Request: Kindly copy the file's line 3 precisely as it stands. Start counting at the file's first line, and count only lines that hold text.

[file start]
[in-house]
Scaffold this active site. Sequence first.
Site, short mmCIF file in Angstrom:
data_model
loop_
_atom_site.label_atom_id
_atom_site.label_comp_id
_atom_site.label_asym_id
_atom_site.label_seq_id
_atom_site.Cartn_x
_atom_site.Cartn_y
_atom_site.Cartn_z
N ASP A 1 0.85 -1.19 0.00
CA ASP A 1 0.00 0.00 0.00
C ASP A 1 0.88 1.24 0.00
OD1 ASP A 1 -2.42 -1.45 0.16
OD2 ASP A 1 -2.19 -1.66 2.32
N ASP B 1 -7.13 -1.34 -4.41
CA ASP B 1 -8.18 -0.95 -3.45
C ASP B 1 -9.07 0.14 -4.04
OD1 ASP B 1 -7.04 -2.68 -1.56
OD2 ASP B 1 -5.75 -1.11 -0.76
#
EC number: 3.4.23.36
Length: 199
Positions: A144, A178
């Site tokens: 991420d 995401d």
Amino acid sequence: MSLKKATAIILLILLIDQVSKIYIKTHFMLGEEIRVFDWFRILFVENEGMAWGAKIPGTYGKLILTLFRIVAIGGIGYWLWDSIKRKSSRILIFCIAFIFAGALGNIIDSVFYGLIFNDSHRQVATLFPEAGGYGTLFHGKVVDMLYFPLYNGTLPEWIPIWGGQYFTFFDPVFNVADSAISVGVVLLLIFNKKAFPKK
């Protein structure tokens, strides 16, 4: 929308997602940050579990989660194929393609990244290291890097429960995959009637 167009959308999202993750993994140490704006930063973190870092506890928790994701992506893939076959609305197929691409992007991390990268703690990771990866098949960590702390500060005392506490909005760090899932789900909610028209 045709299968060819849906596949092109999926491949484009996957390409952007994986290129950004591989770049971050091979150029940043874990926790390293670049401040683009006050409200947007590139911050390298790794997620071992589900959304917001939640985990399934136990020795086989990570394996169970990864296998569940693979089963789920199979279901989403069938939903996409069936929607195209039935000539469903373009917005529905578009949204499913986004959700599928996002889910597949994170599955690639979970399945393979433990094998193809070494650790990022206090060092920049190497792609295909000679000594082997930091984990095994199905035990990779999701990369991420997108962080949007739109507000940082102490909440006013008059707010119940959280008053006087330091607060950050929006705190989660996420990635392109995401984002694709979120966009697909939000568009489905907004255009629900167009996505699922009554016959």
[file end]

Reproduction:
Site, short mmCIF file in Angstrom: